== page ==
Credit: self

Ten years ago, I was twenty-five years old and if you would have asked me where I would be ten years from then, I think my answer would have been, “I’ll be married with a few kids, live in a house where my day consists of taking care of my kids, keeping house, and living my life through my kids.

Ten years ago, I was still actively religious and wanted to believe that I could find a person I would share the rest of my life with. Fast forward ten years and I’m single, agnostic, and living in a home I purchased by myself. I still wonder what was the defining moment when my desires shifted from wanting a family of my own to being staunchly single and pressing ahead on a solo path.

I remember when I was entering the last years of my twenties I stopped going to church, which severely limited my dating pool. I tried online dating, but meeting in person always brought up a deal breaker.kindnessCredit: Self

I began listing what an adult life should consist of if I wanted to contribute to society in a useful manner. My list contained things like buying a house, having no debt, and finishing my AA degree.  The first order of business for me was to start saving every spare penny I made after bills were paid. In a few months, I saved nearly ten thousand dollars. I then signed up to attend evening classes at the local community college. Sitting in a classroom has never been my forte, but I managed to finish a business class with a passing grade. Time did not wash away my dread of busy work and trying to please teachers. I quickly lost my desire to complete my degree and focused on saving money.

It seemed like everyone around me was finishing college or raising a family, and I did not fit in the picture as a normal adult. For some reason, being abnormal chafed on me, and so I started in earnest to find a house to purchase. A bit of advice for those of you considering making a huge purchase because you are bored or want to fit into  normal society, don’t. It’s bound to backfire when you don’t pursue a goal which beckons rather than a goal society dictates. Okay, public service announcement over. Soon enough I found a house close to family, in a quiet neighborhood, which I could afford. In a few months, I was the proud owner of a mortgage and part of the average human adult populace. Needless to say the experience has been as thrilling or fulfilling as I expected. If I could go back I would tell myself to continue to save money, get into performance comedy, and to look for a different job.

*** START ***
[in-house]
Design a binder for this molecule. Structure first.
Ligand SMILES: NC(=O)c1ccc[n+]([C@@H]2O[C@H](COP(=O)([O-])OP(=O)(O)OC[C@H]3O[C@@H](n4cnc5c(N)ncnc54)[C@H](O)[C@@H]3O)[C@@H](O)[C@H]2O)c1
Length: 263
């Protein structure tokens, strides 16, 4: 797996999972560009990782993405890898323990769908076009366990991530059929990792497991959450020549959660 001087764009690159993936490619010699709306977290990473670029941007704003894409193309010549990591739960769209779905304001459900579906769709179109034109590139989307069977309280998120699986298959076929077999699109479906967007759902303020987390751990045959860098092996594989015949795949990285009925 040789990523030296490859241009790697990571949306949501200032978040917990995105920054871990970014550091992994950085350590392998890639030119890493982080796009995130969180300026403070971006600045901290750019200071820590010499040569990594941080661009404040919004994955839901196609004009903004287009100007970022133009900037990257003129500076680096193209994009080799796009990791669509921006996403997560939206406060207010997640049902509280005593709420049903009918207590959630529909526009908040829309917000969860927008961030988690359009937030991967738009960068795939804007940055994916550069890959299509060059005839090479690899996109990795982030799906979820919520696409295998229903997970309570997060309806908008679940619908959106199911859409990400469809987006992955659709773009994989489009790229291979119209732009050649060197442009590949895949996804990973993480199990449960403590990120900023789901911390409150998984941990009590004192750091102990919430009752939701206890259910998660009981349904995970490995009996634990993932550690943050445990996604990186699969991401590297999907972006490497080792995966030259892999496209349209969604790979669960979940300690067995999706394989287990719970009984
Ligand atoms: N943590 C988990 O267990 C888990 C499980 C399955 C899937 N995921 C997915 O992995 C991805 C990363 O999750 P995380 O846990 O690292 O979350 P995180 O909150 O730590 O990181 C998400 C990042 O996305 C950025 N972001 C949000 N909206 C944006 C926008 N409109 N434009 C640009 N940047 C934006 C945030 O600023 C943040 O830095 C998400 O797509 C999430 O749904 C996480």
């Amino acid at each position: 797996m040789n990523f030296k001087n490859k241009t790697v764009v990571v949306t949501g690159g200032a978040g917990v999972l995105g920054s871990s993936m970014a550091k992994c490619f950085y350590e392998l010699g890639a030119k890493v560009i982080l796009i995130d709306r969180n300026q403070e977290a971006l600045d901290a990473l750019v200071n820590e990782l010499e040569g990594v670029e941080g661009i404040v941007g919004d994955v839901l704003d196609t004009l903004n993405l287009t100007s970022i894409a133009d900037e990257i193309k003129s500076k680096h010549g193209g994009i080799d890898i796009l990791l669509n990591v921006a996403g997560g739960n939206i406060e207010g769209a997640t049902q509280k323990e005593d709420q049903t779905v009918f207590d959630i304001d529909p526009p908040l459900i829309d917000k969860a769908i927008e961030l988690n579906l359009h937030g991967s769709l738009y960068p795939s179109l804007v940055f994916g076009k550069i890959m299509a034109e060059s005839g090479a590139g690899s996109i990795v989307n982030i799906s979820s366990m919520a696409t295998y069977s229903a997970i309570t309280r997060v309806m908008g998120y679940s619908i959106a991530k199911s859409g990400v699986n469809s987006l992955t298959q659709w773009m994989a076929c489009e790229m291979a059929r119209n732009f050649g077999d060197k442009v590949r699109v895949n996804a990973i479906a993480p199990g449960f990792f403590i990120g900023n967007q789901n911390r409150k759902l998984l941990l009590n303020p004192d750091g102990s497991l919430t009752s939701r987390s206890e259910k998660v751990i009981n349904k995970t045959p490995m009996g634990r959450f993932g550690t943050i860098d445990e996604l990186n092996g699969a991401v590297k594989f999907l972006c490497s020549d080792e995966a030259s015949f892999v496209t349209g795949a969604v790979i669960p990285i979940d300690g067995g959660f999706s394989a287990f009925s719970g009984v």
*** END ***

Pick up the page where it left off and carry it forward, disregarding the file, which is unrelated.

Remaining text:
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Recently, I have been trying to remap my life to make it more fun and off the beaten path. Instead of trying to mimic the typical adult patterned life I want to make sure I live a life that matters. I want to be remembered for making a difference in my community and in the lives of those I care about.forestCredit: self

I have started to volunteer consistently at the local food bank every month to remind myself how good my life is, and to meet with like-minded members of the community. I want my life experiences to stand out so I’m trying things, which are out of my comfort zone like performing stand-up comedy every other week. I want to be more social, so I keep tabs on what is happening in the community, and I make plans each week to get out of my house and into an unfamiliar situation of fun. My food experiences could use some expansion and diversity. I may start trying a new restaurant every few months to get the ball rolling.

The older I get the less likely I am to look too far into the future, I’m much more concerned with what’s happening right now. I use my happiness as a barometer far more often than any goals which society dictates. I continue to self educate myself on any subject or language I want to learn, and the only homework I have is self-inflicted. Where will I be in ten years? It’s hard to know what I'll be doing or where I will be living, but I’m certain that the next ten years will happier, healthier, and crazy fun!